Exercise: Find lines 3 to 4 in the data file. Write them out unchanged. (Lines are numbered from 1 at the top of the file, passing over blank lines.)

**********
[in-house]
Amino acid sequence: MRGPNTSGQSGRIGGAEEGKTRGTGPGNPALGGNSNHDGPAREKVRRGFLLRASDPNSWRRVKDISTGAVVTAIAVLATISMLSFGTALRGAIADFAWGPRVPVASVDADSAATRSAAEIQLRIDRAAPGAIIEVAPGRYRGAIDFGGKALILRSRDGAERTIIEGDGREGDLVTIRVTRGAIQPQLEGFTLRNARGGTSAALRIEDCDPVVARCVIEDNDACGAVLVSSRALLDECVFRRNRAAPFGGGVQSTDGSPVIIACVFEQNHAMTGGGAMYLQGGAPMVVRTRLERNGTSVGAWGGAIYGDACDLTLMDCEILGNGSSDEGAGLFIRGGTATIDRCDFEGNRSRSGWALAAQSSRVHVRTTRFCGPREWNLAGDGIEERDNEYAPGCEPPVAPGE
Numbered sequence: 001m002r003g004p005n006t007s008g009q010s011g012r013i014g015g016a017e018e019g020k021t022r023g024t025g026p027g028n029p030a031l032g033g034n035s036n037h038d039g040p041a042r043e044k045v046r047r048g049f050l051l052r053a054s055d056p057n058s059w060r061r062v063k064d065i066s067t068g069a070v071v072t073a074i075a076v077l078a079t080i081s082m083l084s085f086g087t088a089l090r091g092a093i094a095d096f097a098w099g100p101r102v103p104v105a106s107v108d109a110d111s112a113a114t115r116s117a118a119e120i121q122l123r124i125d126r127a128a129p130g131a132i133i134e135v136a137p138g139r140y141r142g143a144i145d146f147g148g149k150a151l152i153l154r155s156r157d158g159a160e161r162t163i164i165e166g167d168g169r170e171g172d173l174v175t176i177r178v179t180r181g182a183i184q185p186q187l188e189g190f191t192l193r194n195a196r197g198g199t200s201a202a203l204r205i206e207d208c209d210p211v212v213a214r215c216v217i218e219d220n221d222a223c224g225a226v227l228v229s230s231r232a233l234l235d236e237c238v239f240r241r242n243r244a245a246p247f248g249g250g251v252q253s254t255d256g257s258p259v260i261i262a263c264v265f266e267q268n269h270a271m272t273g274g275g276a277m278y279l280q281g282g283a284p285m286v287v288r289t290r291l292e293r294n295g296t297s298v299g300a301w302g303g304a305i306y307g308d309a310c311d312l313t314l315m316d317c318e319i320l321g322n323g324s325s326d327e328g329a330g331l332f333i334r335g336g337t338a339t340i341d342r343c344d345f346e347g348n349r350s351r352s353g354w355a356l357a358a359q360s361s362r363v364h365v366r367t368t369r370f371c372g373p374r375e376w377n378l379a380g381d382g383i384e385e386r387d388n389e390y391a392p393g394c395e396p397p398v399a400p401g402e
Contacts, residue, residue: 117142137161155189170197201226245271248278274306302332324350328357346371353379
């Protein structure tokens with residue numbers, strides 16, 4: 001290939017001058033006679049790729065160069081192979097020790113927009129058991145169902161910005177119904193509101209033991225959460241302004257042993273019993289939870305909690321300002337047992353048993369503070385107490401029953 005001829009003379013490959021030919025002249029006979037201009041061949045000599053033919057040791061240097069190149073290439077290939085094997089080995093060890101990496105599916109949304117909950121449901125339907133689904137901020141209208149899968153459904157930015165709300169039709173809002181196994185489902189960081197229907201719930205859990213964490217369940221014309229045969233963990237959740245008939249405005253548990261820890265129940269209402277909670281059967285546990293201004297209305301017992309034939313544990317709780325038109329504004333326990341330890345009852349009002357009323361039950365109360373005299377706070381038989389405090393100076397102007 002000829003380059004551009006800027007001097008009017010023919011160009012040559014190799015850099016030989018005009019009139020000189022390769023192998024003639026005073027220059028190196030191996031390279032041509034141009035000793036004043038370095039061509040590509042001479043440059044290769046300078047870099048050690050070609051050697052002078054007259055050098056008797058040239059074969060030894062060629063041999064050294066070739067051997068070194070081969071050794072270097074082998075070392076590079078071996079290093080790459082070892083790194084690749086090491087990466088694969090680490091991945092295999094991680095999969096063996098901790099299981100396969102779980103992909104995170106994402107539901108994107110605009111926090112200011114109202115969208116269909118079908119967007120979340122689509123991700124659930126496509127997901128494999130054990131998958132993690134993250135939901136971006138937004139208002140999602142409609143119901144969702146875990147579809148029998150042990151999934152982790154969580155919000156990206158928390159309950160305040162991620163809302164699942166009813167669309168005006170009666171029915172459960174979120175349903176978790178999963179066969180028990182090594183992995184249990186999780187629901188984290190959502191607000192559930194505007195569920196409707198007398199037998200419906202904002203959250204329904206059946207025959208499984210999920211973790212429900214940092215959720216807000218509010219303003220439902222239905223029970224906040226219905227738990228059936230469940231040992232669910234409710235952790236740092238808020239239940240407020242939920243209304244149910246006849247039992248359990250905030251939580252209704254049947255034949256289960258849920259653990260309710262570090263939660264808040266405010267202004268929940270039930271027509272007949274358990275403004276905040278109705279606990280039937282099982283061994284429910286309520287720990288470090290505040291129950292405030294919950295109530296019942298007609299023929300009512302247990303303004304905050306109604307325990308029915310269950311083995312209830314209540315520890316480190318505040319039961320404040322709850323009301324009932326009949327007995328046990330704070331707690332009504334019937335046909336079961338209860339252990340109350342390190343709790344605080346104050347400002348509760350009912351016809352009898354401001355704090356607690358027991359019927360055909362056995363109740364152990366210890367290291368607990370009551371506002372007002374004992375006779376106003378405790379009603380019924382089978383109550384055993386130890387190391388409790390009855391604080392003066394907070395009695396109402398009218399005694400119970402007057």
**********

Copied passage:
Numbered sequence: 001m002r003g004p005n006t007s008g009q010s011g012r013i014g015g016a017e018e019g020k021t022r023g024t025g026p027g028n029p030a031l032g033g034n035s036n037h038d039g040p041a042r043e044k045v046r047r048g049f050l051l052r053a054s055d056p057n058s059w060r061r062v063k064d065i066s067t068g069a070v071v072t073a074i075a076v077l078a079t080i081s082m083l084s085f086g087t088a089l090r091g092a093i094a095d096f097a098w099g100p101r102v103p104v105a106s107v108d109a110d111s112a113a114t115r116s117a118a119e120i121q122l123r124i125d126r127a128a129p130g131a132i133i134e135v136a137p138g139r140y141r142g143a144i145d146f147g148g149k150a151l152i153l154r155s156r157d158g159a160e161r162t163i164i165e166g167d168g169r170e171g172d173l174v175t176i177r178v179t180r181g182a183i184q185p186q187l188e189g190f191t192l193r194n195a196r197g198g199t200s201a202a203l204r205i206e207d208c209d210p211v212v213a214r215c216v217i218e219d220n221d222a223c224g225a226v227l228v229s230s231r232a233l234l235d236e237c238v239f240r241r242n243r244a245a246p247f248g249g250g251v252q253s254t255d256g257s258p259v260i261i262a263c264v265f266e267q268n269h270a271m272t273g274g275g276a277m278y279l280q281g282g283a284p285m286v287v288r289t290r291l292e293r294n295g296t297s298v299g300a301w302g303g304a305i306y307g308d309a310c311d312l313t314l315m316d317c318e319i320l321g322n323g324s325s326d327e328g329a330g331l332f333i334r335g336g337t338a339t340i341d342r343c344d345f346e347g348n349r350s351r352s353g354w355a356l357a358a359q360s361s362r363v364h365v366r367t368t369r370f371c372g373p374r375e376w377n378l379a380g381d382g383i384e385e386r387d388n389e390y391a392p393g394c395e396p397p398v399a400p401g402e
Contacts, residue, residue: 117142137161155189170197201226245271248278274306302332324350328357346371353379